Research, Graduate Studies, and Postdoctoral Training

Aimee Buccellato (right), assistant professor of architecture, goes over drawings with a student

As a Catholic university, one of [Notre Dame’s] distinctive goals is to provide a forum where, through free inquiry and open discussion, the various lines of Catholic thought may intersect with all the forms of knowledge found in the arts, sciences, professions, and every other area of human scholarship and creativity.

    —From Notre Dame’s Mission Statement

Research and graduate education have an inextricable connection to one another. Both professors and students benefit from working together, the former by mentoring new colleagues who can provide not only assistance but also fresh perspectives, and the latter by learning how one contributes to the body of knowledge in a particular field.

Quite often faculty seek out postdoctoral scholars to join their teams, as well. In addition to significantly enhancing a group’s research capacity and further developing their own professional identities, these recent Ph.D. recipients bring an understanding of the demands pursuing a doctorate entails, making them a tremendous asset to graduate students currently navigating that process.

Nitesh Chawla, Frank M Freimann Associate Professor of Engineering, presents at TEDxUND

Notre Dame fosters an outstanding environment for these wide-ranging collaborations, as they naturally depend, first and foremost, on the strength of the faculty, and ours are among the best at what they do.

Indicators of their excellence are numerous, ranging from an impressive fellowship record in the liberal arts to partnerships such as the Notre Dame Deloitte Center for Ethical Leadership and the Joint Institute for Nuclear Astrophysics. These faculty in turn bring their considerable expertise to the graduate programs administered by the School of Architecture, the Mendoza College of Business, the Graduate School, and the Law School, allowing the University to offer approximately 30 doctoral and 60 master’s degrees as well as the J.D.

Building on our commitment to support scholarship at the most advanced levels, recent University initiatives—highlighted by the Strategic Research Investments, Notebaert Premier Fellowships for graduate students, and the Office for Postdoctoral Scholars—promise to raise the bar even higher. This is a fitting trajectory for an institution founded on the premise that it would someday be “one of the most powerful means for doing good in this country.”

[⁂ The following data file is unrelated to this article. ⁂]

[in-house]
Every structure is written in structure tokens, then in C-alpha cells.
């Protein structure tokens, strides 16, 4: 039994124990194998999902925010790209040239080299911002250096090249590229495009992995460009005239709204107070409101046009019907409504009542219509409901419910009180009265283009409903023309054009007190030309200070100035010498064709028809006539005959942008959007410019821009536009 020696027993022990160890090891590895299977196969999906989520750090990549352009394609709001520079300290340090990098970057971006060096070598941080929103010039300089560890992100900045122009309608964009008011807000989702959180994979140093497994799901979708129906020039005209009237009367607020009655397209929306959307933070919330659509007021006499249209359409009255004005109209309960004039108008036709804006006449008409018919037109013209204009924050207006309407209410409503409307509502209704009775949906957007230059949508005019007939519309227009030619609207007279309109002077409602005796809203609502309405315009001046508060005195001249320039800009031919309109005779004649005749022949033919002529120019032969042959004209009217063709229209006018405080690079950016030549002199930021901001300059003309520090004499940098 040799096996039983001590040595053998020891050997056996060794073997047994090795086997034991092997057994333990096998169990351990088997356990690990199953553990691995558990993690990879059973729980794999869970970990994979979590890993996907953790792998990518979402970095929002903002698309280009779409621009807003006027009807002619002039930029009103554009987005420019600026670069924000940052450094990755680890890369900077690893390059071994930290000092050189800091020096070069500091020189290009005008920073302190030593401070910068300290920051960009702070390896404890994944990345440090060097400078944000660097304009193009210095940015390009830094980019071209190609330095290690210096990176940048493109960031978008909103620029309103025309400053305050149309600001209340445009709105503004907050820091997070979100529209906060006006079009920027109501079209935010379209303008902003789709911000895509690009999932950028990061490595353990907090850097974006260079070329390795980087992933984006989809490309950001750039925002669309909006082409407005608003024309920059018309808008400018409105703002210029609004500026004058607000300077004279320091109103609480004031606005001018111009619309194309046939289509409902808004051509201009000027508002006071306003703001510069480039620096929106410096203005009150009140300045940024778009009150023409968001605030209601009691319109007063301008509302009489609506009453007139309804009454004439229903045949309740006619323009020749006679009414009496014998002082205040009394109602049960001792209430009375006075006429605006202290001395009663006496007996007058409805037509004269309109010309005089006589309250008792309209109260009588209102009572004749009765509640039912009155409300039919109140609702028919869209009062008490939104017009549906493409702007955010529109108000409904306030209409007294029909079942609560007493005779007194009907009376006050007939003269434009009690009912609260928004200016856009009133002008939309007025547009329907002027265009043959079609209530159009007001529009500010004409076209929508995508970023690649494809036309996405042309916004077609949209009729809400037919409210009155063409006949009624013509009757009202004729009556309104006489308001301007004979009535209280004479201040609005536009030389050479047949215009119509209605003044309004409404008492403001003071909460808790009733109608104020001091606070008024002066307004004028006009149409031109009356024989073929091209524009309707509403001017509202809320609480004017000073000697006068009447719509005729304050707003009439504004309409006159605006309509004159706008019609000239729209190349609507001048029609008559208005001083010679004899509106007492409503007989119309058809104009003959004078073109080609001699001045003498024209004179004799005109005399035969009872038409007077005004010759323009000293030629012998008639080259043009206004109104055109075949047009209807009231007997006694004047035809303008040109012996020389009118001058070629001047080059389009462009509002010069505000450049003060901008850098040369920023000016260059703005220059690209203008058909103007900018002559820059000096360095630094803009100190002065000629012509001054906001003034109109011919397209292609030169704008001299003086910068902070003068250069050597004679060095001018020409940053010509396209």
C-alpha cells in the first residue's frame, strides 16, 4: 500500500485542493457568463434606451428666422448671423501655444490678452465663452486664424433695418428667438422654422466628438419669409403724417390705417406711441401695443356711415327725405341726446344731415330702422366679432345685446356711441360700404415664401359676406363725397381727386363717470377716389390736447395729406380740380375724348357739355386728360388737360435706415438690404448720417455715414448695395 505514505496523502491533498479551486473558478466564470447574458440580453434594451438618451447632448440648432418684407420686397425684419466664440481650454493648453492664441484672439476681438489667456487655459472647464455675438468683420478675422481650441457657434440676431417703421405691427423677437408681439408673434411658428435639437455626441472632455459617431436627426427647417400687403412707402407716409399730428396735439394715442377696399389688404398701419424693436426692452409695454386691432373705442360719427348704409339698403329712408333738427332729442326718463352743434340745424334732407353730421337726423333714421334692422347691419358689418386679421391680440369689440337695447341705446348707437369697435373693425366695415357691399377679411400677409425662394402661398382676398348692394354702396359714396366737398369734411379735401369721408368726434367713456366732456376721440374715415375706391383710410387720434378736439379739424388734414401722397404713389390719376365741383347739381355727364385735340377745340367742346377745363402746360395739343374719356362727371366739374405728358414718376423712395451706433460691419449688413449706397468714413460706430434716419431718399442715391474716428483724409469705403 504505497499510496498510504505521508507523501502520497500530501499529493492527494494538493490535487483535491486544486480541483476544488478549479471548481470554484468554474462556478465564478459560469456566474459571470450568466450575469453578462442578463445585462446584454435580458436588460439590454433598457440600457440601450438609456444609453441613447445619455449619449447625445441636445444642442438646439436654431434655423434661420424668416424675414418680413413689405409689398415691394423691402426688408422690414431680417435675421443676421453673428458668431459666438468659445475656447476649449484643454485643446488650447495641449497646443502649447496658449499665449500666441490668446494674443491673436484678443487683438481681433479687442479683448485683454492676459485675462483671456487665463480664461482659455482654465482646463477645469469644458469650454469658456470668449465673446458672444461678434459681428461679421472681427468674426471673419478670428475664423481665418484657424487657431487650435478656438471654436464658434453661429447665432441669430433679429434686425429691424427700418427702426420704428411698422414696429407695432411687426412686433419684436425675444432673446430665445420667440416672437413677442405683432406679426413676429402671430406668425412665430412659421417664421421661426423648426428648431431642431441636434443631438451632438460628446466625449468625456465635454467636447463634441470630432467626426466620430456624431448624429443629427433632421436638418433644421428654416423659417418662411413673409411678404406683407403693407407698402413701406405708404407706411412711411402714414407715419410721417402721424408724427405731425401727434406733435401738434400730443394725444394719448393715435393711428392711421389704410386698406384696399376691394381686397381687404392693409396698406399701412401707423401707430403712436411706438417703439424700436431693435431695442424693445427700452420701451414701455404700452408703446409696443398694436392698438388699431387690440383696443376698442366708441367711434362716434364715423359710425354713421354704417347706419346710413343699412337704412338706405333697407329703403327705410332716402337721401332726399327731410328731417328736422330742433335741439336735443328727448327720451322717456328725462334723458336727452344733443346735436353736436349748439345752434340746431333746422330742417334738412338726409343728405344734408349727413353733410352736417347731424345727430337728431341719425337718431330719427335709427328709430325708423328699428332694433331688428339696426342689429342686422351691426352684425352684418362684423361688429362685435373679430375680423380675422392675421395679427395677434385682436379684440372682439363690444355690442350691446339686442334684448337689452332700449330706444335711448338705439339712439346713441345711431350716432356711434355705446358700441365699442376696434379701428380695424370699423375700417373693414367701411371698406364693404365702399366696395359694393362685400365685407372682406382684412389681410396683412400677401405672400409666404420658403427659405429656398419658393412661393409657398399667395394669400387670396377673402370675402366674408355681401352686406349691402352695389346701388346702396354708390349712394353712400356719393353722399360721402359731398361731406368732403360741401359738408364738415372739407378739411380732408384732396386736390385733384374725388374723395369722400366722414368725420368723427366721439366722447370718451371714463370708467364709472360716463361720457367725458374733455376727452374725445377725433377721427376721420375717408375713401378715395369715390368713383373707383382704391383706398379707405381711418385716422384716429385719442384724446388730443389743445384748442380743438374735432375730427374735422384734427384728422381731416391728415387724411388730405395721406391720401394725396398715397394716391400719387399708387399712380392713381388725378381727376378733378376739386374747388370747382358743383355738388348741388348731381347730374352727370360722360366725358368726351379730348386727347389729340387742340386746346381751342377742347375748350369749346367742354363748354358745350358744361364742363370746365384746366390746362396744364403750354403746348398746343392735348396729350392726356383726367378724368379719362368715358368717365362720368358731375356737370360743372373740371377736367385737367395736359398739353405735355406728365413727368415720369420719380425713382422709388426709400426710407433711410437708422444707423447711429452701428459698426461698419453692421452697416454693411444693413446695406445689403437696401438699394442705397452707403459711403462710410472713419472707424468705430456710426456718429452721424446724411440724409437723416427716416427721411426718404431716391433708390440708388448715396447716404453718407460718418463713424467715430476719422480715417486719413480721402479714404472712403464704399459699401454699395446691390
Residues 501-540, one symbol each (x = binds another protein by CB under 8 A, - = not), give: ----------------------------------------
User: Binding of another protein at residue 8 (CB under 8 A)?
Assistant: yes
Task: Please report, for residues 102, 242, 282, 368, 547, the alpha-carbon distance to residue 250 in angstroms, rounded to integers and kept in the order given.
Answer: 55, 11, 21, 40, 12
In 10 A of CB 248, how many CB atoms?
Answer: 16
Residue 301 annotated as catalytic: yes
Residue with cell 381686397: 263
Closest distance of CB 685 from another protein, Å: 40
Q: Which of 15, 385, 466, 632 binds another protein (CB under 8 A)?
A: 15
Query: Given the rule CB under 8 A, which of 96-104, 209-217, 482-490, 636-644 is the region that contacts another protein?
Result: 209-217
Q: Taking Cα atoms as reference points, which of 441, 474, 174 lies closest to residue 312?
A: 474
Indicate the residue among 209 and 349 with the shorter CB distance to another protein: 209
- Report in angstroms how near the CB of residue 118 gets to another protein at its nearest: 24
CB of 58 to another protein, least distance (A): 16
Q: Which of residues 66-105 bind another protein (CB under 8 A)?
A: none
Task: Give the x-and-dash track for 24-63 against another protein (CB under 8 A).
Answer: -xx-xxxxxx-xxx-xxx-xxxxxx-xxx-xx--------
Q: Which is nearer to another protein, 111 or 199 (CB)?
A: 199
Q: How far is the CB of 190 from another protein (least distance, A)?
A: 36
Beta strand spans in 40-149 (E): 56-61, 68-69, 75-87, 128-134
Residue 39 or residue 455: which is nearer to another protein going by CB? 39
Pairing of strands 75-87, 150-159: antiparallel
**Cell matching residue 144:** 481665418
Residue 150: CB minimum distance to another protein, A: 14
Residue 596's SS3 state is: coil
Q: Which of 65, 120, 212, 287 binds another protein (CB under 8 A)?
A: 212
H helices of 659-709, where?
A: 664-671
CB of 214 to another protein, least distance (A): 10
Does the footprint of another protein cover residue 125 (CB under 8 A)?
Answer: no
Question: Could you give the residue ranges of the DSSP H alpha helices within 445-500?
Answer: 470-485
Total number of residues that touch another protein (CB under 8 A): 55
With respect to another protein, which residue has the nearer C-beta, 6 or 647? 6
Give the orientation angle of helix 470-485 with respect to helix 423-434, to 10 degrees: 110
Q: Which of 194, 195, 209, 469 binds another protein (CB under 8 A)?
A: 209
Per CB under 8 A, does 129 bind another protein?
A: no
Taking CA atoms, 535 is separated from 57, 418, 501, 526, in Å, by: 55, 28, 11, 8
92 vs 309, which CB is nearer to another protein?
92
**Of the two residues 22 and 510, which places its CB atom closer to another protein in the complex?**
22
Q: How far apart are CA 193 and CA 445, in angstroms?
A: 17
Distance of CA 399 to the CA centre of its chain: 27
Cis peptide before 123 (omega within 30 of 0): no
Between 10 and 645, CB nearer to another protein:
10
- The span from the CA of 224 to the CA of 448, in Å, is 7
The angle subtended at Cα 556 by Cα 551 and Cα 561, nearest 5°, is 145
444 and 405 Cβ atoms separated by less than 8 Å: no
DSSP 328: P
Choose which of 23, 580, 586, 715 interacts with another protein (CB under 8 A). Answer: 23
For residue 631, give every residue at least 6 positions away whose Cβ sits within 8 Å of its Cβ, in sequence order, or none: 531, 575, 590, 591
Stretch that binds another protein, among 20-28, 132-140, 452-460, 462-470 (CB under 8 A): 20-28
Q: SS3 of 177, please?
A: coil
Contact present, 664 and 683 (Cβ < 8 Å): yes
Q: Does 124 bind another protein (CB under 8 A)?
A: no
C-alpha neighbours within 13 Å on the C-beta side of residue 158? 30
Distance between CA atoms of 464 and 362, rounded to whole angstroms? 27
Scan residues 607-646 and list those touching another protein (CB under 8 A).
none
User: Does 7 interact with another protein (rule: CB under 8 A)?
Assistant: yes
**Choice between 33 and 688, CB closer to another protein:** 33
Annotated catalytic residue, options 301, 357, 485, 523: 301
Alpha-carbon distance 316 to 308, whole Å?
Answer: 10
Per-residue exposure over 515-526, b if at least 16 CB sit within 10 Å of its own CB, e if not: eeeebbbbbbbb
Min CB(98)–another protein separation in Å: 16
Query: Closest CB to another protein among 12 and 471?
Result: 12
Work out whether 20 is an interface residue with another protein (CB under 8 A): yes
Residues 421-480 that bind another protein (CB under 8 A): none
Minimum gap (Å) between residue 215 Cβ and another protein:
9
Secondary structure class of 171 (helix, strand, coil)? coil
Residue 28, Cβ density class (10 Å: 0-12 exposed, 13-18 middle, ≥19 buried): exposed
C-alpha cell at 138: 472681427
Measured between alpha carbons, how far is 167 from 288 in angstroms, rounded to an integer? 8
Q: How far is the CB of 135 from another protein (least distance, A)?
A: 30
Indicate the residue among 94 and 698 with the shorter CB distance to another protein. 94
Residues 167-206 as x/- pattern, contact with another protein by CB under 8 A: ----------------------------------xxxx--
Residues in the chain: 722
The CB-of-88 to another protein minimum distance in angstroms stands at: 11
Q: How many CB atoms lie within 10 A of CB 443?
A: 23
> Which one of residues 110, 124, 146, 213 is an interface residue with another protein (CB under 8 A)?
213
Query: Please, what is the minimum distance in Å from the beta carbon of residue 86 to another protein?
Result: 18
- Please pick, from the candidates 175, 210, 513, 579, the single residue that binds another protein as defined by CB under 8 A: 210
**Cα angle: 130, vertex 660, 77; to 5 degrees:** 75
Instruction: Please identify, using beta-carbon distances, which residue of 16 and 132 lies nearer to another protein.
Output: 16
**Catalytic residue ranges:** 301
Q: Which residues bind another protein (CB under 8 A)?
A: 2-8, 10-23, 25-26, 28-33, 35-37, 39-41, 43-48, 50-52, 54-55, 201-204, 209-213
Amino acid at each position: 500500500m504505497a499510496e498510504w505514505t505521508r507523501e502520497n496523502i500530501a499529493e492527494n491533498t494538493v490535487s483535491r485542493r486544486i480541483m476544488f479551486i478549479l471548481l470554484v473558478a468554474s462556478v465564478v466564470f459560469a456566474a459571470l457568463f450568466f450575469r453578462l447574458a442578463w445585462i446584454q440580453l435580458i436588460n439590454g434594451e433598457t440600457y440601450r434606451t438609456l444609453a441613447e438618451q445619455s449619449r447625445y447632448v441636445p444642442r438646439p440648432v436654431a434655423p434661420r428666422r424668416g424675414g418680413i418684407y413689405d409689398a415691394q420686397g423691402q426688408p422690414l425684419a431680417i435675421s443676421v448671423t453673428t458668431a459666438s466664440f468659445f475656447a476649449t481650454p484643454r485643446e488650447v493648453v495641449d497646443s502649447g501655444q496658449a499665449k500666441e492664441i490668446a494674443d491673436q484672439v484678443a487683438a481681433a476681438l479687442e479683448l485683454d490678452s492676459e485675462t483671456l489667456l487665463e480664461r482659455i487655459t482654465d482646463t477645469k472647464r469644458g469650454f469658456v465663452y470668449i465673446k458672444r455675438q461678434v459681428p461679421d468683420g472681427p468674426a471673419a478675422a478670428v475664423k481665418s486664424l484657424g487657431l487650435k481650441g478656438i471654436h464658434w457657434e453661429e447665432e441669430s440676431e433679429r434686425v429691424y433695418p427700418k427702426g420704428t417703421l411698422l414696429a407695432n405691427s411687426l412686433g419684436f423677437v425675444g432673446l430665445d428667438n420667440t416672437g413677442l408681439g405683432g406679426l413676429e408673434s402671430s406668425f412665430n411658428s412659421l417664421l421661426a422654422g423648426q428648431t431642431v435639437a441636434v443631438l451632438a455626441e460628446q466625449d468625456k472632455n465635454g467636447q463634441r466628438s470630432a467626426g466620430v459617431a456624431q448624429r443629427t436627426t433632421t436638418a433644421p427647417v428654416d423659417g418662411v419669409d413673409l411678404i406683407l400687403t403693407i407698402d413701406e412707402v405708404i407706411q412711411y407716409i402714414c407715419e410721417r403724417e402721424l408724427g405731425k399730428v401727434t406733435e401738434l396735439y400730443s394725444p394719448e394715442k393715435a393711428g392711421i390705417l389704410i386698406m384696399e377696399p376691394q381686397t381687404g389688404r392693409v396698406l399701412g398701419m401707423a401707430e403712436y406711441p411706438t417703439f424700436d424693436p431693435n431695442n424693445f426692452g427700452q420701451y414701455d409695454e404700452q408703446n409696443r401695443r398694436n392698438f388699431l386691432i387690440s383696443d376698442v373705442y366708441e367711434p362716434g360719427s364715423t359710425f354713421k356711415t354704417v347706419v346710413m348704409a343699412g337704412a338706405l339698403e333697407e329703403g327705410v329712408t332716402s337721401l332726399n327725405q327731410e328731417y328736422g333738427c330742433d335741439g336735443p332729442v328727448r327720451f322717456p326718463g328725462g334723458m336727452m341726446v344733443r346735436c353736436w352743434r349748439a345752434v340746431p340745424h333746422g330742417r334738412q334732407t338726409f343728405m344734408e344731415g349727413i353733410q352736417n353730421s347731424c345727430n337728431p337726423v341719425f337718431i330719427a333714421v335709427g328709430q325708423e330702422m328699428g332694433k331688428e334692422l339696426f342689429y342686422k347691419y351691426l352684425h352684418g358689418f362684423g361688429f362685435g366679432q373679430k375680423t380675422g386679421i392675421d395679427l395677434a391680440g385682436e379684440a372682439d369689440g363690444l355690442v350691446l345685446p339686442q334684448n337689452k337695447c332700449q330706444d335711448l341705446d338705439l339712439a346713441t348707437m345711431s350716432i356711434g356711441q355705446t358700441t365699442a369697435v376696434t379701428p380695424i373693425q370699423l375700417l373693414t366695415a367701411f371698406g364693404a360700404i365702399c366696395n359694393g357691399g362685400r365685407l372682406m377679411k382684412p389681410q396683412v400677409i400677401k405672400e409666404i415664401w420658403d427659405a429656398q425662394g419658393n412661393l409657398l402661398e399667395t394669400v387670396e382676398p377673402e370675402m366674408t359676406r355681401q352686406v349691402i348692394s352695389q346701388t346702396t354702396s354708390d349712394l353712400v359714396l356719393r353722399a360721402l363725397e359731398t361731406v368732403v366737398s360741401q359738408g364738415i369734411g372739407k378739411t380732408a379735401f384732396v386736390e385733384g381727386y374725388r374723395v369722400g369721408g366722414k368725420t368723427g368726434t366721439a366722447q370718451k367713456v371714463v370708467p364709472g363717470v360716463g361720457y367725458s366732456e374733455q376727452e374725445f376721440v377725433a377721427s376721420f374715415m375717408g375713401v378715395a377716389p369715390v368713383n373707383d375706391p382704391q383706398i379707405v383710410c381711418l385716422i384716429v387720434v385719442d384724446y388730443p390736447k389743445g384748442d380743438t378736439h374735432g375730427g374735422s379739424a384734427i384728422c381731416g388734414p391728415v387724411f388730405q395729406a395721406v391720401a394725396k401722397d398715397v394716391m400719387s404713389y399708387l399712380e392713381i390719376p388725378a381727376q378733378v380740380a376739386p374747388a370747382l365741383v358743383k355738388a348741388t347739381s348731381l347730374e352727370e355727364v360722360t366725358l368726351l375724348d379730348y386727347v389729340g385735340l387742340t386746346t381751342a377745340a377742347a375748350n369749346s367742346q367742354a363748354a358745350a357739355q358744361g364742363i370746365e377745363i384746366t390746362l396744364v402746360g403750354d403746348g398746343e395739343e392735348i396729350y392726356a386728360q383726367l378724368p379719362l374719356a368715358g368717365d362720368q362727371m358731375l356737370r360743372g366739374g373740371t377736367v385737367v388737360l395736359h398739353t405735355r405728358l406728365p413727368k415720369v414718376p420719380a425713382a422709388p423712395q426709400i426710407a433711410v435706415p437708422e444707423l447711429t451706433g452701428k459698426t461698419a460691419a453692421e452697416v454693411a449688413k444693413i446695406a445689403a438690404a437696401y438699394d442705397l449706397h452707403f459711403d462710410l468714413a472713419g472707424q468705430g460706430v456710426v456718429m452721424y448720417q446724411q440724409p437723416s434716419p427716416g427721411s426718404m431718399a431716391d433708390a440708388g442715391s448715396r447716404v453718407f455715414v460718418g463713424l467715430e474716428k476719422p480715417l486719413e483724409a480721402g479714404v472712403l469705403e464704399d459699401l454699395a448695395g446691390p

Indeed, those words, spoken by Rev. Edward Sorin, C.S.C., when Notre Dame was little more than an idea, continue to drive our research agenda some 170 years later.

Research News

$3 million gift from Susan Scribner Mirza to establish Notre Dame’s first endowed professorship in Islamic studies

Author: Dennis Brown

Notre Dame announced Jan. 21 its first-ever endowed professorship in Islamic studies, established with a $3 million gift from alumna Susan Scribner Mirza. The Mirza Family Professorship of Islamic Thought and Muslim Societies also is the first endowed chair in the University’s new Keough School of Global Affairs. Read More

Nora Besansky-led studies featured on the cover of Science

Author: William G. Gilroy

Two studies led by Nora Besansky, O’Hara Professor of Biological Sciences at Notre Dame and a member of the University’s Eck Institute for Global Health, were featured on the cover of the Jan. 2 edition of the prestigious journal Science. This research resulted in the sequencing of the genomes of 16 Anopheles mosquito species from around the world. Read More

Notre Dame, Saint Joseph Regional Medical Center join together to fight sepsis

Author: Arnie Phifer

Notre Dame and Saint Joseph Regional Medical Center, a member of the Trinity Health system, have announced that they are collaborating on research aimed at earlier detection of sepsis in patients. Sepsis, a potentially fatal illness in which the body has a severe inflammatory response to bacteria or other microorganisms, is the leading cause of death from infection in the world and is the costliest condition to U.S. hospitals. Read More

Mayland Chang receives $1.6M American Diabetes Association research award

Author: Stephanie Healey

In 2010, 73,000 non-traumatic lower-limb amputations were performed in the United States due to diabetes. The American Diabetes Association has announced that it is funding a $1.6 million Accelerator Award to Mayland Chang, research professor of chemistry and biochemistry at Notre Dame, to help lower that number. Read More

Links of Interest